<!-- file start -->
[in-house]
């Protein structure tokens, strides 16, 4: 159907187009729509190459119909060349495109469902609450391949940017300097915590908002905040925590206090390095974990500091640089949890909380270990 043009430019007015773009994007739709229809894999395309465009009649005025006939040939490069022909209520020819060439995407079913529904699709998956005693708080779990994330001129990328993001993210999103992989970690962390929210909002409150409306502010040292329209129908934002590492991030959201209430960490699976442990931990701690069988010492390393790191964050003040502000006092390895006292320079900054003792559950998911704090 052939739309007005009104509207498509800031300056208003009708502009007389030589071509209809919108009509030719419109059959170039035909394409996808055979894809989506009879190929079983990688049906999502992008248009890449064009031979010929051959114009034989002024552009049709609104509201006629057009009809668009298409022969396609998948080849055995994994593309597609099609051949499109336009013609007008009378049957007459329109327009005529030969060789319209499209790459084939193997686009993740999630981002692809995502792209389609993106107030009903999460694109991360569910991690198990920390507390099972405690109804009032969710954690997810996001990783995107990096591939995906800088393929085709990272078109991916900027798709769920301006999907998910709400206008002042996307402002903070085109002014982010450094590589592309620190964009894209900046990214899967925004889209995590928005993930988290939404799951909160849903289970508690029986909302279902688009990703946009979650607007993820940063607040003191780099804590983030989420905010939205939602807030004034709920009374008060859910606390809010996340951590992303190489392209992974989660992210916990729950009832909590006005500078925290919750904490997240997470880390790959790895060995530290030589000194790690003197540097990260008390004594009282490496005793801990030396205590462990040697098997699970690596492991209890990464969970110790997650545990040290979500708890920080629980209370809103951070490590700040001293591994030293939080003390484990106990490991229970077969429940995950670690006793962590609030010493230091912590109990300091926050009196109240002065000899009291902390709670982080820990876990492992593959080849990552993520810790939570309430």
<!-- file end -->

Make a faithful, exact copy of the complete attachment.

[in-house]
């Protein structure tokens, strides 16, 4: 159907187009729509190459119909060349495109469902609450391949940017300097915590908002905040925590206090390095974990500091640089949890909380270990 043009430019007015773009994007739709229809894999395309465009009649005025006939040939490069022909209520020819060439995407079913529904699709998956005693708080779990994330001129990328993001993210999103992989970690962390929210909002409150409306502010040292329209129908934002590492991030959201209430960490699976442990931990701690069988010492390393790191964050003040502000006092390895006292320079900054003792559950998911704090 052939739309007005009104509207498509800031300056208003009708502009007389030589071509209809919108009509030719419109059959170039035909394409996808055979894809989506009879190929079983990688049906999502992008248009890449064009031979010929051959114009034989002024552009049709609104509201006629057009009809668009298409022969396609998948080849055995994994593309597609099609051949499109336009013609007008009378049957007459329109327009005529030969060789319209499209790459084939193997686009993740999630981002692809995502792209389609993106107030009903999460694109991360569910991690198990920390507390099972405690109804009032969710954690997810996001990783995107990096591939995906800088393929085709990272078109991916900027798709769920301006999907998910709400206008002042996307402002903070085109002014982010450094590589592309620190964009894209900046990214899967925004889209995590928005993930988290939404799951909160849903289970508690029986909302279902688009990703946009979650607007993820940063607040003191780099804590983030989420905010939205939602807030004034709920009374008060859910606390809010996340951590992303190489392209992974989660992210916990729950009832909590006005500078925290919750904490997240997470880390790959790895060995530290030589000194790690003197540097990260008390004594009282490496005793801990030396205590462990040697098997699970690596492991209890990464969970110790997650545990040290979500708890920080629980209370809103951070490590700040001293591994030293939080003390484990106990490991229970077969429940995950670690006793962590609030010493230091912590109990300091926050009196109240002065000899009291902390709670982080820990876990492992593959080849990552993520810790939570309430």